Pathway to happiness

John Zelenski (Photo by Jessica Deeks)

John Zelenski (Photo by Jessica Deeks)

John Zelenski studies happiness by profession. He and his research team are unravelling how our connection to nature is linked to happiness and environmentally sustainable behaviours

Zelenski’s research has found that living near green space or water tends to make people happier, resulting in higher satisfaction about where they live, and even making them physically healthier. Nature relatedness, defined by how connected someone is to nature, influences a person’s attitudes toward the environment and subsequent behaviours. If a person is more connected to nature, for example, they are more likely to donate to an environmental organization or make more sustainable decisions. People with a higher nature relatedness tend to be happier, too. Quantitative research like Zelenski’s makes it easier for policy makers to devote  resources to protecting nature.

“We did a study of children in Grades 4 to 6, where we took them on two field trips on two separate days. We found that children who spent the day exploring a forest school (versus an aviation museum) felt a connection to nature that seemed to translate to empathy toward nature and animals, a desire to protect nature more, as well as more cooperative and pro-social behaviours.”

When asked whether his findings ring true in his own life, Zelenski recalls his childhood in Wisconsin, where he lived near a river, and where he had the freedom to explore at a young age. “We used to take a family vacation to northern Wisconsin, and I would spend hours leaning over the edge of a dock to tempt crayfish out of the rocks to get a better look at them,” he chuckles.

Since those early days, Zelenski has kindled an interest in birding. “About 10 years ago, when I thought I was about to become a middle-aged guy, birding seemed like a nice hobby,” he explains. “I started by putting a feeder out. I began by learning to identify chickadees, then cardinals, nuthatches…It’s a great example of how you can build up your connection to nature by starting small,” he explains.

John Zelenski in his happy place (Photo by Jessica Deeks)

John Zelenski in his happy place (Photo by Jessica Deeks)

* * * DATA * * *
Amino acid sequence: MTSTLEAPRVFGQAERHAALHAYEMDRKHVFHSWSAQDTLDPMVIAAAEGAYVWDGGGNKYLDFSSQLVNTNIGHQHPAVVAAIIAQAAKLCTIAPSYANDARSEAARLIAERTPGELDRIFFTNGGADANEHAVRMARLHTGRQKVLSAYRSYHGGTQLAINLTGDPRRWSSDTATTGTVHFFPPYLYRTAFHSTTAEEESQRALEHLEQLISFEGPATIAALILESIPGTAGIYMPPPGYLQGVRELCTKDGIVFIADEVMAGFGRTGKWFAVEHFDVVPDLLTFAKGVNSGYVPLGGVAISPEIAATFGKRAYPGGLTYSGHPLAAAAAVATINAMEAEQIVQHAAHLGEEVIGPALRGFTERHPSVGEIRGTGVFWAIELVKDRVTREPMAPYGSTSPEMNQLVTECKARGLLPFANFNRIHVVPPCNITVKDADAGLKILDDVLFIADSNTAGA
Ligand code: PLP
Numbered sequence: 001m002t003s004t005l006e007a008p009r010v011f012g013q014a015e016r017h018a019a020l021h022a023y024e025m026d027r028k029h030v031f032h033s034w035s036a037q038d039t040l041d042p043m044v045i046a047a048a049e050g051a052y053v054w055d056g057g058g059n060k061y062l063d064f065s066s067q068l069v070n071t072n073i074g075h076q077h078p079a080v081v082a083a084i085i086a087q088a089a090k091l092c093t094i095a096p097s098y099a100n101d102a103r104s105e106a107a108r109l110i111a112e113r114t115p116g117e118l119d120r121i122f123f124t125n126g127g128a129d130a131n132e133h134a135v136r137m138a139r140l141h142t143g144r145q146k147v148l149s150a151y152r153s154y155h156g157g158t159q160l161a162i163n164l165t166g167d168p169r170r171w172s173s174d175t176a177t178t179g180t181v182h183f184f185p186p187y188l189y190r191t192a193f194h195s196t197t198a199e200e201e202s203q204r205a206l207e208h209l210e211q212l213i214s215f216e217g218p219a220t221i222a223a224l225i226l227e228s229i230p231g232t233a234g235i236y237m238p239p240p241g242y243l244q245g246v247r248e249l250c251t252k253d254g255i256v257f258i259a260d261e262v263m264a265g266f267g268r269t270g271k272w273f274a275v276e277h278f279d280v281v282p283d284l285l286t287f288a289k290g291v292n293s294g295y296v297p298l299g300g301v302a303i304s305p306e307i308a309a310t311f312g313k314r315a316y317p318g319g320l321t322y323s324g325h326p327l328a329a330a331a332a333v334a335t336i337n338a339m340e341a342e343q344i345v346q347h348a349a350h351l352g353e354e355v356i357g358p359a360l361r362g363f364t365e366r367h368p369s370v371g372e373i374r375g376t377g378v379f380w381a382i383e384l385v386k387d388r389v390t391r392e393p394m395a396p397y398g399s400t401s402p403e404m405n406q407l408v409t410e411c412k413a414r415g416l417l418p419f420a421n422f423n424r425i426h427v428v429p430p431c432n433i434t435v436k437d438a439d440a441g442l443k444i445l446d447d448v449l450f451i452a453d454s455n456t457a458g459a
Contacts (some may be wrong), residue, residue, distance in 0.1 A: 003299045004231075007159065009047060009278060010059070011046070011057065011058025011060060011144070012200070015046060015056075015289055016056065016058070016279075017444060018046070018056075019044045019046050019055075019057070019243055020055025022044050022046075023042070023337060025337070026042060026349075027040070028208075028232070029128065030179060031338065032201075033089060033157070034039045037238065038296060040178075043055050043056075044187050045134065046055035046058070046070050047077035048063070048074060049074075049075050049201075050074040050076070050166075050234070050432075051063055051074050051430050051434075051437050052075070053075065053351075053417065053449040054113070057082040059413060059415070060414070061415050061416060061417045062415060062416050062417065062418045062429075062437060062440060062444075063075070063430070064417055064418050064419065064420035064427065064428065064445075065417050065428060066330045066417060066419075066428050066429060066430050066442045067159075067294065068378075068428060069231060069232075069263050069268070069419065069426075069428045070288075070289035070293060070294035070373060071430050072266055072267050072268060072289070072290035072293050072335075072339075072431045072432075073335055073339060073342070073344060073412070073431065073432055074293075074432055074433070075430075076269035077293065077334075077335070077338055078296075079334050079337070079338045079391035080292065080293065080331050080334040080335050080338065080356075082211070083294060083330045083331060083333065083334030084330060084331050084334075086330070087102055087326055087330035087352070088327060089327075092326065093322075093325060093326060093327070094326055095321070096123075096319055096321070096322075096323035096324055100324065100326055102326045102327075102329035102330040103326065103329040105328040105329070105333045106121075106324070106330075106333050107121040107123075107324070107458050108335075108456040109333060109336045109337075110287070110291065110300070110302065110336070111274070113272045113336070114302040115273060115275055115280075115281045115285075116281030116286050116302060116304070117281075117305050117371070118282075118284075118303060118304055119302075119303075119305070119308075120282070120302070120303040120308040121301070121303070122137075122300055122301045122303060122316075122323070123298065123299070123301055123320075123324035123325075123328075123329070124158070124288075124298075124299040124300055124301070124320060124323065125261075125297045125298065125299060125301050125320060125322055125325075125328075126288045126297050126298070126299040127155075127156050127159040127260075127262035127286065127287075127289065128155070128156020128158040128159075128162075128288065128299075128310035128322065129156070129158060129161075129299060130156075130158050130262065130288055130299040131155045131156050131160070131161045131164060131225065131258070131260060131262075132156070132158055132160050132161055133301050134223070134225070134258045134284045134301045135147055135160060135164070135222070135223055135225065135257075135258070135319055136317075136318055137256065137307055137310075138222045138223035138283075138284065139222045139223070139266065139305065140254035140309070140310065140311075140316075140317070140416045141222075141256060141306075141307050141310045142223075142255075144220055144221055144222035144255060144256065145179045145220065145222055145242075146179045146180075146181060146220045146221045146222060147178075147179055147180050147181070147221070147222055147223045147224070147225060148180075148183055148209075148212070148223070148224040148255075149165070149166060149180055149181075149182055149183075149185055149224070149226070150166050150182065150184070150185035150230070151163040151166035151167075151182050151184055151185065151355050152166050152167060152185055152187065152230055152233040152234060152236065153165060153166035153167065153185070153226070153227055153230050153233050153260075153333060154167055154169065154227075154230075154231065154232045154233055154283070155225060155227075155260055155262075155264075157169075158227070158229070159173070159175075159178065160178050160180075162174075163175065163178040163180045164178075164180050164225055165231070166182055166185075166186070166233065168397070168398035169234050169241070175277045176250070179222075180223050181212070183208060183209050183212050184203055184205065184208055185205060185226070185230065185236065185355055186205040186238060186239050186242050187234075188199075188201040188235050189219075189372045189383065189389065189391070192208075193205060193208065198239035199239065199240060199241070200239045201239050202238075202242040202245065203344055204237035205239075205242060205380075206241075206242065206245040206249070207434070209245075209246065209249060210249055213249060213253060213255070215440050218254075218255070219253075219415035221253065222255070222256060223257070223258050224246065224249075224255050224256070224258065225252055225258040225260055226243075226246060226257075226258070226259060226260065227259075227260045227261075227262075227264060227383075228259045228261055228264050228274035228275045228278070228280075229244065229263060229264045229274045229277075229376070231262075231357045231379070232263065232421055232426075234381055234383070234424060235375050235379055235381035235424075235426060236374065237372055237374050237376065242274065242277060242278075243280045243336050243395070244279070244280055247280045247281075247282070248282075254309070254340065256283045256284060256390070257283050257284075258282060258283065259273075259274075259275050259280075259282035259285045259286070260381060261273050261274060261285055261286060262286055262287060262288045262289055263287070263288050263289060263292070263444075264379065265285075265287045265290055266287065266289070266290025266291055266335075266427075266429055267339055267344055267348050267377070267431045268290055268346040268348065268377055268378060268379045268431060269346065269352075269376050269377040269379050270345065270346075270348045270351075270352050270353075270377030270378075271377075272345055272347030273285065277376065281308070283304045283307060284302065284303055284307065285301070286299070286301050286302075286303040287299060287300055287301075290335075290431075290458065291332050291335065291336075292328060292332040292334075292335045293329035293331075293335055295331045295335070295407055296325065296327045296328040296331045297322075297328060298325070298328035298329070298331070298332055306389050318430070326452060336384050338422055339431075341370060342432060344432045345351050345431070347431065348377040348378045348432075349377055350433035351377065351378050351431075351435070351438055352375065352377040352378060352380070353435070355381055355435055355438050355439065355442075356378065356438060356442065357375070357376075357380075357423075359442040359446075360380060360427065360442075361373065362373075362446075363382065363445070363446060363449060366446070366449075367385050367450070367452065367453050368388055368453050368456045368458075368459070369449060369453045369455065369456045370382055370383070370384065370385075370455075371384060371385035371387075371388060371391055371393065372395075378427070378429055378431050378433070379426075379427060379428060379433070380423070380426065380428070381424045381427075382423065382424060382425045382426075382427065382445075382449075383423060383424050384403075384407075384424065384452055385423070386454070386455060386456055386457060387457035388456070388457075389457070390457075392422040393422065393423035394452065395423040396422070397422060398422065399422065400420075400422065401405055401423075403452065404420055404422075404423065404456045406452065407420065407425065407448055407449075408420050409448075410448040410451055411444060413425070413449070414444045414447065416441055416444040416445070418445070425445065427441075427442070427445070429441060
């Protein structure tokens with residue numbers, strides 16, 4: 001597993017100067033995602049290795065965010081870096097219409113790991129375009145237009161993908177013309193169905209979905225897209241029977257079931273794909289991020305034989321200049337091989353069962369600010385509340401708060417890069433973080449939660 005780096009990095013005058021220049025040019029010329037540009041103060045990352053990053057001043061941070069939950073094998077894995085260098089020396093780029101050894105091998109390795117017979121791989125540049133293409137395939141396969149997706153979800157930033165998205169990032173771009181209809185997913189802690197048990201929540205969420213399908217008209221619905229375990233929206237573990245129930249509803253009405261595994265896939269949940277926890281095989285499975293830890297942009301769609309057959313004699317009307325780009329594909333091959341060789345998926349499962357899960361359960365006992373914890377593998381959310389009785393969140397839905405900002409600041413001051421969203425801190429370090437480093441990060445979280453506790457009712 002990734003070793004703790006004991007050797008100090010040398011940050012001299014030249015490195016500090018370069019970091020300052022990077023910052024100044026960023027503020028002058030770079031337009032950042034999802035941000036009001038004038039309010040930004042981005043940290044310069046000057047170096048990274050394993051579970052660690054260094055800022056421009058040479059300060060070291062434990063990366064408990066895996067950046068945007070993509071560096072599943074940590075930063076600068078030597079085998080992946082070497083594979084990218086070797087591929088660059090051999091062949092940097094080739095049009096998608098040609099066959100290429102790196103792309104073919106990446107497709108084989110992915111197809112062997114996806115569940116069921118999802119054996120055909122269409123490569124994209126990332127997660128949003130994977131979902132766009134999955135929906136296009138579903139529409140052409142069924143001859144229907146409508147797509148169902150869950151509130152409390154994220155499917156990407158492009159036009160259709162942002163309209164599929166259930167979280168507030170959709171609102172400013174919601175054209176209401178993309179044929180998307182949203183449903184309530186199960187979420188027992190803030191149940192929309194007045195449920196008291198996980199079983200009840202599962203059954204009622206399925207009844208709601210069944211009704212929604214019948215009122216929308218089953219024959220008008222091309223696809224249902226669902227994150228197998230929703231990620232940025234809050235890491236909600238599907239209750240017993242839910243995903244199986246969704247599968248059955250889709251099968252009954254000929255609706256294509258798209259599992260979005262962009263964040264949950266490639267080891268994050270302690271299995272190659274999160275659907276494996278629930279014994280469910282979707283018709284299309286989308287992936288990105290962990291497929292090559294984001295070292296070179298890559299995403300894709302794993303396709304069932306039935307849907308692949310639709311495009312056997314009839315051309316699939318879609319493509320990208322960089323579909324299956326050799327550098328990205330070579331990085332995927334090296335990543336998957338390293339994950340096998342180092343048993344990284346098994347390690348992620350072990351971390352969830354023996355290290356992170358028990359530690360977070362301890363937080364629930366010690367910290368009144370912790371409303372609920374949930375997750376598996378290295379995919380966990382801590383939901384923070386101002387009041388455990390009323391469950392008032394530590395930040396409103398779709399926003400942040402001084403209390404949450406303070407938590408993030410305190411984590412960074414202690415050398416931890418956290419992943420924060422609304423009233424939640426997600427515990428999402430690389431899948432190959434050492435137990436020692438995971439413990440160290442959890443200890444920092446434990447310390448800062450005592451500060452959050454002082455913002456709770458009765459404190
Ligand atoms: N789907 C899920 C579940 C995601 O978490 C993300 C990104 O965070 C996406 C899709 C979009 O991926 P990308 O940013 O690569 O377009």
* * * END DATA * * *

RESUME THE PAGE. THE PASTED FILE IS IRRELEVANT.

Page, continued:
“I don’t know if this works for everyone, but when you get a little taste [of nature], you learn a few things and want a little bit more,” he reflects. His advice for anyone wishing to foster their own nature relatedness is to start noticing the nature around you, whether at a park, a garden or the curb strips. Paying attention to nature in a thoughtful way can offer remarkably immediate results. “Sometimes it’s just the matter of seeing, or hearing, even smelling, nature and thinking, ‘isn’t it wonderful?’” he adds.

Ipsos conducted a poll on behalf of NCC in late 2020 that revealed that 94 per cent of people credit nature with helping them relieve the stress and anxiety of the pandemic. More than 85 per cent of respondents said access to nature has been important to maintaining their mental health. Zelenski’s research may give us insight into understanding why people feel this way.

But is nature a happy pathway to sustainability? That’s a question that Zelenski and his team wish to answer. He and his lab have been partnering with a not-for-profit organization on a new project. Participants are asked to test the water of nearby waterbodies and then upload their observations on visibility, temperature, pH, etc. to an online platform. The idea is to encourage people to get out into nature and foster a sense of contribution to citizen science, to see whether this makes people feel closer to nature, happier and more interested in doing more for nature. Zelenski says the jury is still out on this study, but the findings could show that the cycle can begin by helping nature. “We want to see if asking people to do something nice for nature in turn helps them become happy. Just as helping others usually brings about feelings of happiness and fulfillment, helping nature may boost happiness and produce nature-positive attitudes.

This story originally appeared in the summer 2021 issue of the Nature Conservancy of Canada Magazine. To learn more about how you can receive the magazine, click here.

Explore additional content from our summer issue here >

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Funding provided by Environment and Climate Change Canada